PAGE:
New Utah Jazz guard Shaq Harrison eager to ‘fill that void’ as team’s perimeter defense ace

(Photo courtesy of Utah Jazz) Guard Shaquille Harrison participates in a Utah Jazz practice on Friday, Dec. 11, 2020. The defensive specialist is recovering from a broken hand, but anticipates he'll be ready to roll soon.

No one foresaw the Utah Jazz making a roster addition right before their first preseason game of the 2020-21 season, but here we are. So then, Shaquille Harrison, come on down for a lightning-round of “Meet the new guy!”

First off, is it Shaquille or just Shaq?

“I really don’t care. The majority of people call me Shaq; my mom calls me Shaquille.”

Know anything about Utah before coming here?

“A lot of Mormons — that’s all I heard.”

First impressions when you arrived?

“Honestly, when I first got here, the first thing that came to my mind was, ‘This is a nice airport.’ Where I’m from, Kansas City’s airport isn’t as nice as this.”

Direct and honest. Like it. Off to a good start. Where it goes from here, of course, probably depends on what Harrison does for the Jazz on the basketball court.

At the moment, it’s not much.

The fourth-year guard has been slowed by a broken hand, suffered in a pickup game at the Mamba Sports Academy in Los Angeles during the offseason when an undetermined body part from defender James Harden of the Rockets caused Harrison’s hand to bend back awkwardly. He didn’t even realize anything was wrong initially, but when some swelling subsequently occurred, an exam revealed “a little fracture.”

Still, he’s making progress toward a return.

“Right now I’m very close. My timetable, it isn’t for sure when I’m playing, but as of right now, I’m working out without my cast, and it’s been like that for three days now,” Harrison said. “My hand feels good — no pain in it. I’m just taking it slow and making sure we do it the proper way.”

Harrison’s injury was actually news to new teammate Joe Ingles, who knew nothing of it based on their admittedly limited first practice together Friday.

“I didn’t know he had a broken hand!” Ingles said with a laugh. “He looked fine today.”

They’ll be hoping for better than fine once he’s officially ready to go.

The 6-foot-4 Harrison probably isn’t bound for a huge role with the team, but he definitely fills a niche they were previously light on — a perimeter defender capable of hounding quick, jitterbug scoring point guards.

He’d already made an impression on the Jazz to that effect from his previous stops in Phoenix and Chicago.

Minnesota Timberwolves' D'Angelo Russell, left, evades the defensive efforts of Chicago Bulls' Shaquille Harrison in the first half of an NBA basketball game Wednesday, March 4, 2020 in Minneapolis. (AP Photo/Jim Mone)

“Donovan and I were talking about it when we signed him, and Donovan had some bad memories of [Harrison] picking [him] up,” Ingles said. “He had some clips of [Harrison] kind of terrorizing him, which is obviously — for our team — a nice addition to add another defender with his quickness.”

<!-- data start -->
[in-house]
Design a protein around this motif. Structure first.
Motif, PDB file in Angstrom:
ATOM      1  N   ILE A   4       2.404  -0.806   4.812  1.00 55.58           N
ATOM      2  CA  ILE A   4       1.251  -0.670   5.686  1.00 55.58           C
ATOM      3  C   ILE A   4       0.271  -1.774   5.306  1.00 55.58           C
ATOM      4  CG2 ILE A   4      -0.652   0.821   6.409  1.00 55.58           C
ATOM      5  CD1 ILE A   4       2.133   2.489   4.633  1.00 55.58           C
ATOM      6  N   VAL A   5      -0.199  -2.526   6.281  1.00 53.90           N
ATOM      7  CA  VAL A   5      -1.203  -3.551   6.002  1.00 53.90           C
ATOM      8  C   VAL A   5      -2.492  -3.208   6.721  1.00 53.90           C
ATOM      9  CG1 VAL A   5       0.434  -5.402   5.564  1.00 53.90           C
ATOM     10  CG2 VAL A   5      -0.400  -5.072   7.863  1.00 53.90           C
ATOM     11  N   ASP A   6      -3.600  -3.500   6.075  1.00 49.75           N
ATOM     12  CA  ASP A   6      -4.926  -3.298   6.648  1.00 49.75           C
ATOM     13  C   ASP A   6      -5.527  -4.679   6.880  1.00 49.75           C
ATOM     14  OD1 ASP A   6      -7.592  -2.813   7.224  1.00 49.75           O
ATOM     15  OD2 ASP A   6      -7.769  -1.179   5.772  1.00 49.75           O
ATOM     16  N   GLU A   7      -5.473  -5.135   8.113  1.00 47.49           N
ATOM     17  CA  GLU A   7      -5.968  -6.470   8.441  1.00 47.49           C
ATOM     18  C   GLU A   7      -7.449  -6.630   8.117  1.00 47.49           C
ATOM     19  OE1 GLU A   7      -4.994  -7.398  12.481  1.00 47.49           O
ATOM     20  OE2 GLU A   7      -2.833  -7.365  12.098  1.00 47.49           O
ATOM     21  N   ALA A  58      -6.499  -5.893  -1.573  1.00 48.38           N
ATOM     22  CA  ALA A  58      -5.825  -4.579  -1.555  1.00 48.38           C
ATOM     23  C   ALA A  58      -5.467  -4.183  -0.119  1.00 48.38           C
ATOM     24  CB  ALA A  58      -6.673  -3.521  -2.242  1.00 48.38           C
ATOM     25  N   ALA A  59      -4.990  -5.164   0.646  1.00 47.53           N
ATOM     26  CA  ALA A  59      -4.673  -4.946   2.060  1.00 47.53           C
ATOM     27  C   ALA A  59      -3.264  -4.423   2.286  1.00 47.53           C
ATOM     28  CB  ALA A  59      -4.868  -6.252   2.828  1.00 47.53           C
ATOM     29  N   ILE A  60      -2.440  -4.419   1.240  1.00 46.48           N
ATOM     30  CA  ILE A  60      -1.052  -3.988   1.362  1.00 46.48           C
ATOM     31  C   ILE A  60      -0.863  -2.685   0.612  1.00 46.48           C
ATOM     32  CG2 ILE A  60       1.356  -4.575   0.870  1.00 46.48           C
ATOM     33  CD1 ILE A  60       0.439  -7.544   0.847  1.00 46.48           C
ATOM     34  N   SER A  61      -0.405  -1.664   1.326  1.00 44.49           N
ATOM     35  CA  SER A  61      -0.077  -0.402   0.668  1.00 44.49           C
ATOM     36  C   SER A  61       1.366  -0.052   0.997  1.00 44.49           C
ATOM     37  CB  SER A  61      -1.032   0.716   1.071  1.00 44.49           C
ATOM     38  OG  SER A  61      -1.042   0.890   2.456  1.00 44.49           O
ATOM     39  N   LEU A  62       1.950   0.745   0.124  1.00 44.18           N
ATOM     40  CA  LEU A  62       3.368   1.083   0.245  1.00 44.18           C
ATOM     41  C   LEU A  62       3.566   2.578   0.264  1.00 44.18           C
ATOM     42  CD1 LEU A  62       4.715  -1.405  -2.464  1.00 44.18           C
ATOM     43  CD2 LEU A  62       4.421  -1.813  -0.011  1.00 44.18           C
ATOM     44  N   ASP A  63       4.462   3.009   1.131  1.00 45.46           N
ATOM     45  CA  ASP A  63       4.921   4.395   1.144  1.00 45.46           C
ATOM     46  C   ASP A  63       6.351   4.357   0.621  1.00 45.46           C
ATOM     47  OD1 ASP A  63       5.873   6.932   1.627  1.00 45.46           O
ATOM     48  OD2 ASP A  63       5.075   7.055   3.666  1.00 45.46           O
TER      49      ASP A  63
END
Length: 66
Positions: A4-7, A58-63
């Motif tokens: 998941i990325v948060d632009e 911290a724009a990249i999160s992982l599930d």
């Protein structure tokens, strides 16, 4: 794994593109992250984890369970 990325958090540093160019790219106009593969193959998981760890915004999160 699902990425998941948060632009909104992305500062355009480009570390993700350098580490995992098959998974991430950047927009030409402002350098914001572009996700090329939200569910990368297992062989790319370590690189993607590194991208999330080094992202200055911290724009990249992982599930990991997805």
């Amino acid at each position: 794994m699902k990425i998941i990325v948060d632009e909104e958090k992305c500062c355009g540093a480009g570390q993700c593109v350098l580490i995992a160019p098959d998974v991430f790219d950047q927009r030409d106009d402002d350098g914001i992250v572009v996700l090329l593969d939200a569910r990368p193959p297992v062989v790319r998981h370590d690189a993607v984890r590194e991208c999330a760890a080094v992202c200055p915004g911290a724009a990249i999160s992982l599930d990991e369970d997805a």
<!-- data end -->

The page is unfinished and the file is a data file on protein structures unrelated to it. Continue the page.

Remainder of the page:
Coach Quin Snyder agreed that Harrison’s dogged attitude on that end of the court was apparent.

“When you watch him play, it jumps out of you that he can defend,” Snyder said. “He can defend the ball, he’s got the physicality, and when you see a guy that can bring that, I’m excited for our staff and myself to have a chance to work with him.”

Harrison said that while he hadn’t had a specific conversation with the Jazz about what his role would be, it wasn’t really that difficult for him to discern.

“My goal is to come in and fill that void that they were missing,” Harrison said. “For me, I’m gonna come in every single day and bring 110%, and I truly believe in that — every guy coming in to work hard every day. You can’t control making shots, you can’t control the ball going in, there’s gonna be some off days, but you can come in and play hard every single day and that takes care of itself.”

Of course, he has the hand recovery and the lateness of his arrival to the team working against him for now. This season was already bound to be tough for newcomers, given the short run-up to the season and the lack of customary organized team activities ahead of training camp.

Harrison not signing with Utah until Thursday, when the team opens its three-game preseason slate against Phoenix on Saturday, won’t help matters. But the team will do what it can to get him up to speed — even if it’s not quite at a lightning-round pace.

“When are you coming into it, there’s terms and the language and obviously the style of play, and coach Q that you’ve just got to get used to. … Everything is different for him right now. We’ll help him along as much as we can,” Ingles said. “He was sitting there today like a deer in headlights trying to figure out what the play calls were and all those things, but he’s a smart enough kid — he’ll figure it out pretty quickly.”